If Don wants to get an even more scientific answer on pressures tell him to take the car fully laden to a weighbridge and get the numbers for me x 3, front axle, back axle and gross and I can compare them to the charts in the TRA (Tyre & Rim Association) handbook, in any event, that's where the vehicle makers formulate their placards from in the first place.
I forgot to add in the previous message that the food was fantastic and if I understand correctly Rose made a lot of it. Please thank her. Also please thank Laurie and Drew!
Leslie C. WW 2011
It's good to get clarification of my previously vague notions of 4WD theory, especially that of tyre pressures. Also the course has refined and allowed me to re-acquaint myself with old/past good techniques that I've employed.
What have I learnt?
Mainly to let the vehicle do the work for you and know what it is capable of. Thanks for a very informative and enjoyable course with excellent instruction!
I've finally worked out what the tyre certification/markings are about. I'm going to use LOW range more often now. I've learnt exactly what FULL-TIME 4WD is all about (70/30 split) and what the centre diff was for and how to lock it and why. Great course.
I learnt a lot with the braking session (ABS Vs Threshold), I had tried it once but putting it through its paces under instruction was excellent. That handbrake trick to activate the LSD was completely new to me - excellent! The second day on the 4WD track was fun and informative and YES, I won't try to steer along/out of those ruts, I'll let the wheels guide me!
Here's what I picked up.
- Better understanding of tyres and pressures
- Fuel/water separator and how to prime a diesel if you run out of fuel
- If the wheel nuts are too tight, use the jack to loosen
- Correct method for recovery
The tyre pressure recommendations were totally different to a previous course I did, it was great to clarify this, I'll definitely run less pressure now (Editors Note - Tyre pressure is an art not fully understood by many and it would seem even some driving instructors get it wrong. The previous advice received by Seb was to inflate to 40psi across all road surfaces, irrespective of vehicle type or weight. This is poor advice that will increase tyre wear, increase puncture susceptibility, create a dangerous handling precedent on dirt and bitumen and increase braking distances. Sure, inflation to 40psi or even more on tyres carrying particularly heavy loads and of light truck construction is warranted (see your placard) but needs to be adjusted to suit terrain).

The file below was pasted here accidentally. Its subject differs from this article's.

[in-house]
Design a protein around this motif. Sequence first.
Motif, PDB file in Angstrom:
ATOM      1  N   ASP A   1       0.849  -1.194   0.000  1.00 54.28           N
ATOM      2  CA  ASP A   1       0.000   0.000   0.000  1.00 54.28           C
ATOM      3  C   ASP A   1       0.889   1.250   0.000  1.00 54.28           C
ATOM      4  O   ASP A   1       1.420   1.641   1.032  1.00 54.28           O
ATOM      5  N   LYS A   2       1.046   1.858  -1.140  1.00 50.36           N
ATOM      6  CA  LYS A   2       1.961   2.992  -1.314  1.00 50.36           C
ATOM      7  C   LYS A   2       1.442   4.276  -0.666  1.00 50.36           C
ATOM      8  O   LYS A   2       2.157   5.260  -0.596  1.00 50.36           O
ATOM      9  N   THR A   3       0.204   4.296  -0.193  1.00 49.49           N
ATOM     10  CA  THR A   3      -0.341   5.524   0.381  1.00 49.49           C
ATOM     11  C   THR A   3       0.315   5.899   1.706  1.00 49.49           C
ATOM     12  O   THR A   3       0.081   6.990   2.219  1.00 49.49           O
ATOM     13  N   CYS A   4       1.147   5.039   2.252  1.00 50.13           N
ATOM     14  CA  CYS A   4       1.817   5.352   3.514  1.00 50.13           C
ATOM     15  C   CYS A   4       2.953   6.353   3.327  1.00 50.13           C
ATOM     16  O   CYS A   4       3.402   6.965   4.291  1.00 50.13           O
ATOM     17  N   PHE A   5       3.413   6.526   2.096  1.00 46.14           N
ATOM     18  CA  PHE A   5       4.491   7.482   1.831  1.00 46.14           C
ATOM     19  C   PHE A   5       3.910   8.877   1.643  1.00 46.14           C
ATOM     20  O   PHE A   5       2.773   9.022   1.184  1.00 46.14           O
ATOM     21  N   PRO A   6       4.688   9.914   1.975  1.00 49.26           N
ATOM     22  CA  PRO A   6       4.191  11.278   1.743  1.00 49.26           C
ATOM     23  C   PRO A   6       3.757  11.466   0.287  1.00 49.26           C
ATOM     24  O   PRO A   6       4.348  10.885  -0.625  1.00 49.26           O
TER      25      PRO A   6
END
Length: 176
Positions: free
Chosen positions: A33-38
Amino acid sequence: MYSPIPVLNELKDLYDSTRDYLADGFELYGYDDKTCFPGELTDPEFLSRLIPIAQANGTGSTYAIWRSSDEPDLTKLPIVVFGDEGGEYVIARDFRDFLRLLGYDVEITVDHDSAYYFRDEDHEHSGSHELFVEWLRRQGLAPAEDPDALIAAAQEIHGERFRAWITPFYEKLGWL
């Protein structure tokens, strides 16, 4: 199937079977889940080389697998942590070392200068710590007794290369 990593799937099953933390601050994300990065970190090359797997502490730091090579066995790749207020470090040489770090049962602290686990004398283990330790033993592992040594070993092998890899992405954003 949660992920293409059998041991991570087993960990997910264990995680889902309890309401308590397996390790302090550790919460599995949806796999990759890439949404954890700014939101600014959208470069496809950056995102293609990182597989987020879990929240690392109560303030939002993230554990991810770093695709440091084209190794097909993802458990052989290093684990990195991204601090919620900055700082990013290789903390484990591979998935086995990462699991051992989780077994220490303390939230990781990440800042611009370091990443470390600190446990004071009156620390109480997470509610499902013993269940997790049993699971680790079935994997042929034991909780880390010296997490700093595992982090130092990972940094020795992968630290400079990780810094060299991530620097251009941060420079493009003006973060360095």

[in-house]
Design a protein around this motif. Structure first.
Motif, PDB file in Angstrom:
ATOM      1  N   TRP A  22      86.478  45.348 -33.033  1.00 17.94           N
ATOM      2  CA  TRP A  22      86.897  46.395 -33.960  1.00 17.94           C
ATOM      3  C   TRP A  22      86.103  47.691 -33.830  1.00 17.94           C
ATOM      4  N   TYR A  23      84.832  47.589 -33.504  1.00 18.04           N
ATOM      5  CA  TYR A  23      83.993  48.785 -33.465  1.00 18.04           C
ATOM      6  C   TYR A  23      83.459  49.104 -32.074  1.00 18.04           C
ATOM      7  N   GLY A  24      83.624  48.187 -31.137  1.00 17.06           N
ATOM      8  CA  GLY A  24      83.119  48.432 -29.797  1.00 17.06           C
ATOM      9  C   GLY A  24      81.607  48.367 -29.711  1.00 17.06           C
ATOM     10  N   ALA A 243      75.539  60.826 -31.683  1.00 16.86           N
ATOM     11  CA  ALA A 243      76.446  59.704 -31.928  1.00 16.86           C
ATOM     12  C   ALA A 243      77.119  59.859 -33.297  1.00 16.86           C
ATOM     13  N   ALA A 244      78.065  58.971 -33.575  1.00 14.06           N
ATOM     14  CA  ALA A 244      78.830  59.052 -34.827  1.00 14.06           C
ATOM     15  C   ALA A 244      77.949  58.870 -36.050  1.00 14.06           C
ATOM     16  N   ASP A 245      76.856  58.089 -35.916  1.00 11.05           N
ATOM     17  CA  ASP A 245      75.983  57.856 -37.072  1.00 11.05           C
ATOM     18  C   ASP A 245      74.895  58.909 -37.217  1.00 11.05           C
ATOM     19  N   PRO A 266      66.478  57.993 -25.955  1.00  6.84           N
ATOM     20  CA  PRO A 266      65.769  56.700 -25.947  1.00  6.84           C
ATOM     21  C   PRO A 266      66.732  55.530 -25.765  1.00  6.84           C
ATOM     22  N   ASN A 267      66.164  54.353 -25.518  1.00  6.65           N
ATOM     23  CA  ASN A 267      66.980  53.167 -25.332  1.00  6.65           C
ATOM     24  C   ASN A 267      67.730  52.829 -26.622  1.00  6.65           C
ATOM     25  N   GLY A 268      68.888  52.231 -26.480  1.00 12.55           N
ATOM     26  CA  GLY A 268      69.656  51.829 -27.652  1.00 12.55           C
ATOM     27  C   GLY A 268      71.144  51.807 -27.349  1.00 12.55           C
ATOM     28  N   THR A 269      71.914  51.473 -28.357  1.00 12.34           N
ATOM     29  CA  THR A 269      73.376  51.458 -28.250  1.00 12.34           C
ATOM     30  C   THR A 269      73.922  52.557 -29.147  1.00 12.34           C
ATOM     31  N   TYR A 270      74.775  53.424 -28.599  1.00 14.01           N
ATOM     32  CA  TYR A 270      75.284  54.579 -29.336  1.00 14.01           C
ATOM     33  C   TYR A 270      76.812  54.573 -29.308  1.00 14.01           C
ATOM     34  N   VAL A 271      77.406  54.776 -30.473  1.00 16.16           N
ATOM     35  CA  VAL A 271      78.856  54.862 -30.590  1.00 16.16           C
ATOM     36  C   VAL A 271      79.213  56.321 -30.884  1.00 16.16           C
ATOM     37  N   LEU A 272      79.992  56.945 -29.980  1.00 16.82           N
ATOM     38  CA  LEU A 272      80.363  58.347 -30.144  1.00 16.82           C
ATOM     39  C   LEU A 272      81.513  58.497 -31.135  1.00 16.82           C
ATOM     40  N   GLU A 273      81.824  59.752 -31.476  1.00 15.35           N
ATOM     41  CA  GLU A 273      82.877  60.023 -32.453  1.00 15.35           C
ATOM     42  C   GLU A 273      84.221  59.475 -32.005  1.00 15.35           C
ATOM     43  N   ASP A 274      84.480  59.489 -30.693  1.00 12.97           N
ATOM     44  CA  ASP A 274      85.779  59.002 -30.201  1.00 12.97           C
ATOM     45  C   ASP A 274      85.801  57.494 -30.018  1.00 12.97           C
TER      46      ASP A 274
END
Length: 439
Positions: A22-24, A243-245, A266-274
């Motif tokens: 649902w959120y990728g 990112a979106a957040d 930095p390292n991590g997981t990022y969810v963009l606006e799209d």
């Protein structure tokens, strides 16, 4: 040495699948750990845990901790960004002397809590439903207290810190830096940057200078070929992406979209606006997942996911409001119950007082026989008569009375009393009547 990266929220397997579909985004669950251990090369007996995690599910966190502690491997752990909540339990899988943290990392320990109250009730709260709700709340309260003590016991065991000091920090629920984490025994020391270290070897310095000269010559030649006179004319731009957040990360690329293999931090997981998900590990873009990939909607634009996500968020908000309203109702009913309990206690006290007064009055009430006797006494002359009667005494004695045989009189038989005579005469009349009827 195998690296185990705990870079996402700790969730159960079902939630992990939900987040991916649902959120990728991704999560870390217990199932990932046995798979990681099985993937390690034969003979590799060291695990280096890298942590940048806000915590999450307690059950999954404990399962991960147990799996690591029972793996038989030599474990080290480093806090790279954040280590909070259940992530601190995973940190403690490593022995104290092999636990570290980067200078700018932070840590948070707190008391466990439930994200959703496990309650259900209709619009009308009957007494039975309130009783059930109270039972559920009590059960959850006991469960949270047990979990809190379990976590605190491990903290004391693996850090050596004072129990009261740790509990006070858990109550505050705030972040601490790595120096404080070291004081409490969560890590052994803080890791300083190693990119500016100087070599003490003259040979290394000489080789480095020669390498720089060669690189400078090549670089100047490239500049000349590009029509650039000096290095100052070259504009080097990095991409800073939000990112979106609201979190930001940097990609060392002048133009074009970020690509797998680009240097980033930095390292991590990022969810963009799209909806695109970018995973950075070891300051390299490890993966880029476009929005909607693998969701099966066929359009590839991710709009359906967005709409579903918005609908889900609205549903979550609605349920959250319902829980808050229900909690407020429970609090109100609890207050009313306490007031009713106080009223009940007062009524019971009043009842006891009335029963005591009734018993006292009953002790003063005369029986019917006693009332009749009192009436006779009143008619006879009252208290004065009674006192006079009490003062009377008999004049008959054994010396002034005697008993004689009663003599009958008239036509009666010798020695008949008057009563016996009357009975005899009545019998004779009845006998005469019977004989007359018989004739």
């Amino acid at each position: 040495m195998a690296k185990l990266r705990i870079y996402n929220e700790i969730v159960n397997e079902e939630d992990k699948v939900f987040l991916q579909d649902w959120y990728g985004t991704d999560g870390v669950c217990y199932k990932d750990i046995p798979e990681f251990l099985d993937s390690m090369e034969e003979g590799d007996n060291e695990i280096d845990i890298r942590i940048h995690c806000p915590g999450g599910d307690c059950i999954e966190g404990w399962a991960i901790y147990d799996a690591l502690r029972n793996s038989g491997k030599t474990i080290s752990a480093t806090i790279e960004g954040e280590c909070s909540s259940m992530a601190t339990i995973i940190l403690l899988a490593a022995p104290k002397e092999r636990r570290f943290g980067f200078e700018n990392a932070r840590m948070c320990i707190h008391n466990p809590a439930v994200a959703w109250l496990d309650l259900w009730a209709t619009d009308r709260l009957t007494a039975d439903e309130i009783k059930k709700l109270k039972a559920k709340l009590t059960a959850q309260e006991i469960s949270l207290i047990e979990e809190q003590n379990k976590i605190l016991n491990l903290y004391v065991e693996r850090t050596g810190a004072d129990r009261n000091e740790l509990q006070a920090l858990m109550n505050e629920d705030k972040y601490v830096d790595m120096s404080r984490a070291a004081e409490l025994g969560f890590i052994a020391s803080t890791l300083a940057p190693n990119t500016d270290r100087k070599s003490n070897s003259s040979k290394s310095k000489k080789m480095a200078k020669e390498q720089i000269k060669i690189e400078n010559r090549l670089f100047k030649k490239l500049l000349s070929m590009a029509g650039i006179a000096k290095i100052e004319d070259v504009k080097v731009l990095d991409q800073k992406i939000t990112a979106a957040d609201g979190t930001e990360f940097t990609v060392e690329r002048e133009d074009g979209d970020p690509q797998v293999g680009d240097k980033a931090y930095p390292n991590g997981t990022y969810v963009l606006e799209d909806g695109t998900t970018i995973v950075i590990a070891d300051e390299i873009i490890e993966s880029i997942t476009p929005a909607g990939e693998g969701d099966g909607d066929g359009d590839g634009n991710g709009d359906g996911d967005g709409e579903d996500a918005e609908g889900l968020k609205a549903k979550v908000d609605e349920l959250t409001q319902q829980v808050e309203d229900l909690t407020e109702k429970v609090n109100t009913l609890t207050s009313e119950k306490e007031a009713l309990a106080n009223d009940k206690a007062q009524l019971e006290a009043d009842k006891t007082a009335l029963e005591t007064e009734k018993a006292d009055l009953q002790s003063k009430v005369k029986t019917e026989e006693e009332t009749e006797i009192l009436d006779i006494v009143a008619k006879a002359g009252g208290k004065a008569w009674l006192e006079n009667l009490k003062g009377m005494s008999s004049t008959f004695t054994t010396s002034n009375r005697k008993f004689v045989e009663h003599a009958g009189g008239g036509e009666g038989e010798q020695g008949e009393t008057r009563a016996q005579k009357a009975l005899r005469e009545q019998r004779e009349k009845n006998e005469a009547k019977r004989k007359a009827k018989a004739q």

4WD on all dirt roads and also utilising LOW RANGE more often is a great new skill. I was previously an exclusive (just about) 4 HIGH man!
I learnt this:
- How to use modern 4WD selection
- The differences between 4WD/AWD
- How to brake better
- Use the snatch-strap better, including attachment and safety
- The "Corey" recovery technique was heaps of fun
- Tyre pressures under different situations
- Should carry a pump and recovery gear with 2 x straps
- ABS was safer than not having it
This is what I learnt
- The change in tyre pressure gives you a lot more traction
- It's real easy to use L4 and driving slower than using H4 and gunning it
- When reversing back down a slope, keep the steering wheel straight and the wheels will follow the ruts
David this is what I learnt:
- Do not use the clutch when threshold braking
- Not to steer up-hill when in a deep rut
- The appropriate use of gears, HIGH Vs LOW
- Safe off-road operation
- The mechanics of a vehicle, the pre-trip servicing/checks
The course content was excellent, only wish we could have had another day to refine skills.
I'm now tyre savvy!
- 3 great techniques for getting out of a situation 1. wriggle technique, 2. snatch recovery, 3. stall-start
- The differences between correct and incorrect tyre pressures for on and off road driving
- The safety techniques associated with recovery
- How to drive a diesel engine more efficiently
I learnt many, many things, it's a very good course. It's excellent, would definitely recommend to others and I want to do a 4 wheel motorbike course.
I learnt a lot in the course, thanks to the guys who conducted the course, they know what they're on about! Four Wheel Drives rule... cheers
Here's what I got from the course.
- I finally know what a differential is
- Now I know why tyre pressure is important
- I'm going to use 4WD off the bitumen in the future
- I'm going to leave the hubs always engaged
- Changing tyres should now be safer and injury free
- I can use a snatch-strap safely
- The stall-start and keeping my foot off the clutch!
What did I learn?
Lots of new information about 4 wheel driving, you buy a 4WD and think you know it all, but really you know very little about the system and procedures of driving.
The key bits - 4WD drivetrain, hazard avoidance when travelling at speeds, essential knowledge on stopping distances, hill climbing and descending, tyre pressure, the list goes on!
This course has lowered my fear of the demon BOG!